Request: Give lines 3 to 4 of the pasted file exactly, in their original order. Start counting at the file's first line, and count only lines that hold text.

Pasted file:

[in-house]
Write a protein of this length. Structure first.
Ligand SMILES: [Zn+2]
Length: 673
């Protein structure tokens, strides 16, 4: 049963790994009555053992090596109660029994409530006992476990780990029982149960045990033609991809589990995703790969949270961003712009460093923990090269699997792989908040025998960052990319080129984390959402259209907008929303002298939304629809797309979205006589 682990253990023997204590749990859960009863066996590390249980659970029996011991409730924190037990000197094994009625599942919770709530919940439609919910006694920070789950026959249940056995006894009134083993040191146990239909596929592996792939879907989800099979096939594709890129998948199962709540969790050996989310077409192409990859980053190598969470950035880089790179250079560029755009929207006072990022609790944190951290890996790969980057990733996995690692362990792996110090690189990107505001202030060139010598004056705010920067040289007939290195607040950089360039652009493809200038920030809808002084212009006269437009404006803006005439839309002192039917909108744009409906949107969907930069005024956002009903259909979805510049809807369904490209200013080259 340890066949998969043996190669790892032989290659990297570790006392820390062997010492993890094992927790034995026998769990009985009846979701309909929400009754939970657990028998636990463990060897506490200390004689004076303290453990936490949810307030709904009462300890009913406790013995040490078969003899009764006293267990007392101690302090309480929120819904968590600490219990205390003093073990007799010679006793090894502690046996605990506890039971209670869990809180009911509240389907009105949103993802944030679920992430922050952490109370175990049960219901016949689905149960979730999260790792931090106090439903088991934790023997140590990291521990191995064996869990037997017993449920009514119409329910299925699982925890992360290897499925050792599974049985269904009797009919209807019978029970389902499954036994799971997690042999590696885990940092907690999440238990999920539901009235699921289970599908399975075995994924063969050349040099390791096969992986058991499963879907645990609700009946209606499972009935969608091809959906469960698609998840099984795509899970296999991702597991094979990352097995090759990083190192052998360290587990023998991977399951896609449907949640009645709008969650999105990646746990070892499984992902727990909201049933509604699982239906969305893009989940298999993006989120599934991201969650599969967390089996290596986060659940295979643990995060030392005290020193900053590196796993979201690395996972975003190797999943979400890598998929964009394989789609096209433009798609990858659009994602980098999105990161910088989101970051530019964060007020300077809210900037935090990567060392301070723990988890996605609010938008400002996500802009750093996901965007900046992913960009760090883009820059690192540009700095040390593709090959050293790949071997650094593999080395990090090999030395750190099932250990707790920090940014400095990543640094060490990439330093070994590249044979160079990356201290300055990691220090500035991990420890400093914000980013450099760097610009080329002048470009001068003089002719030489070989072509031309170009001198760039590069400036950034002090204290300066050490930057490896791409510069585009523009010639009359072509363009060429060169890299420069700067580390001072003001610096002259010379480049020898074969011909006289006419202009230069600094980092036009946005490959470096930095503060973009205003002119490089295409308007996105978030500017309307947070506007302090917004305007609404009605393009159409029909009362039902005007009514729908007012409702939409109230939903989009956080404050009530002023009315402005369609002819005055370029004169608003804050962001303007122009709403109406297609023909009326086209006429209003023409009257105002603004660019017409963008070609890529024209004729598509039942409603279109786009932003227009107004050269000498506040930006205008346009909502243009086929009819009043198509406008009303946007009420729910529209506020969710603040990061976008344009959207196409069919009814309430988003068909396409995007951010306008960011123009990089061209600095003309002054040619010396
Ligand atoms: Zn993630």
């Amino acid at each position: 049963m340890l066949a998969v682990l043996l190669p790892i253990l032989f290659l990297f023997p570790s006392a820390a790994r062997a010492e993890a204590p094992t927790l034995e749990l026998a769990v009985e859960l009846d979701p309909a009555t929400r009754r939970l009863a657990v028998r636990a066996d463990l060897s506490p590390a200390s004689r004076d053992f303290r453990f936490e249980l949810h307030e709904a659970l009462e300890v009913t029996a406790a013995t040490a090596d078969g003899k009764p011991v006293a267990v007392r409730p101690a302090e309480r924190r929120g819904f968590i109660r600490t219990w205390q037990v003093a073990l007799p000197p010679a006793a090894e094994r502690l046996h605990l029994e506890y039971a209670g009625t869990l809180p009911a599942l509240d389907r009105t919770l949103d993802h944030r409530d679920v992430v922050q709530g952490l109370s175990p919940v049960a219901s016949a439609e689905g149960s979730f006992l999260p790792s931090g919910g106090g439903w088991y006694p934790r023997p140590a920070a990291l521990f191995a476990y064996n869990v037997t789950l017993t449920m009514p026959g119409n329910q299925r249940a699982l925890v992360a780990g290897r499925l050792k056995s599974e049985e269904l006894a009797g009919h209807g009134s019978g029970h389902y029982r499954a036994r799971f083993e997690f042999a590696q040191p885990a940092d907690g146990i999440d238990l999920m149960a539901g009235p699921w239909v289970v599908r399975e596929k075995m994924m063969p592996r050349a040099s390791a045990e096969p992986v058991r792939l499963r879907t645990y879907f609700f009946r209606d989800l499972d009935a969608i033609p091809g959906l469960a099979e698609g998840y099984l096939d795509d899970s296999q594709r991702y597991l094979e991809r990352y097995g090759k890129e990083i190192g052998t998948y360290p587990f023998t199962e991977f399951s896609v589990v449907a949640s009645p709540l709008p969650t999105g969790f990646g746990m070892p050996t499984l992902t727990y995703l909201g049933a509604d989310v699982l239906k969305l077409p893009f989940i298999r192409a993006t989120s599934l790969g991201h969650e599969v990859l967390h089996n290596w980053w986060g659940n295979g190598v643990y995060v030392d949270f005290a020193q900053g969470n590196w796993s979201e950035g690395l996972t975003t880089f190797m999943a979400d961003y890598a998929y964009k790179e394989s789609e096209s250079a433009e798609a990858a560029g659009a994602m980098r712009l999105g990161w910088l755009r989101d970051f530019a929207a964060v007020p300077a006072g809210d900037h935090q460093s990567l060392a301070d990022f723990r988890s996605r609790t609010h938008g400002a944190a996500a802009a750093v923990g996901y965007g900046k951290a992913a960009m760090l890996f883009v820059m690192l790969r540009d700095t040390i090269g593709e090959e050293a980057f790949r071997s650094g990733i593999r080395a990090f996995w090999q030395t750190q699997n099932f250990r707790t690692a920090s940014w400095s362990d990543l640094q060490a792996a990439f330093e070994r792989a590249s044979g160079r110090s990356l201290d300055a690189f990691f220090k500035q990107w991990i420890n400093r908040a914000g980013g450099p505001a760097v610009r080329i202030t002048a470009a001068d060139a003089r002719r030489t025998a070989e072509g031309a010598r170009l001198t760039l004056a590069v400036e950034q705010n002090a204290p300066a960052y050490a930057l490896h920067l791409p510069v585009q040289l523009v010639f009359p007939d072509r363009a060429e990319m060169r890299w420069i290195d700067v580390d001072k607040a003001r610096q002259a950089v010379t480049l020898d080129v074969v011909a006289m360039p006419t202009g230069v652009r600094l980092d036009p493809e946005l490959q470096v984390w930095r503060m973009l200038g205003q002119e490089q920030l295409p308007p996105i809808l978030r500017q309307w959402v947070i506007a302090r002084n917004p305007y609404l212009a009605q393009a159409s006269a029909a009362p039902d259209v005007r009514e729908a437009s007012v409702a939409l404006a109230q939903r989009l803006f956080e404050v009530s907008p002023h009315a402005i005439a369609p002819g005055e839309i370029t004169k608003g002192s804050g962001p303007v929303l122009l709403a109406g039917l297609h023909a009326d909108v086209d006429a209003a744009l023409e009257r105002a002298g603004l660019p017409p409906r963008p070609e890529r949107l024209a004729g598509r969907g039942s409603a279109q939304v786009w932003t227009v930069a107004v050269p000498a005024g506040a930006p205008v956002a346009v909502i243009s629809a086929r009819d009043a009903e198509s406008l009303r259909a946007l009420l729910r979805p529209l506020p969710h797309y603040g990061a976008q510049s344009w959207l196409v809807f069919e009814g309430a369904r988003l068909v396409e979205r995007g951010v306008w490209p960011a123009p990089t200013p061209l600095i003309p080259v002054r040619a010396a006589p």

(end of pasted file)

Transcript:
Ligand SMILES: [Zn+2]
Length: 673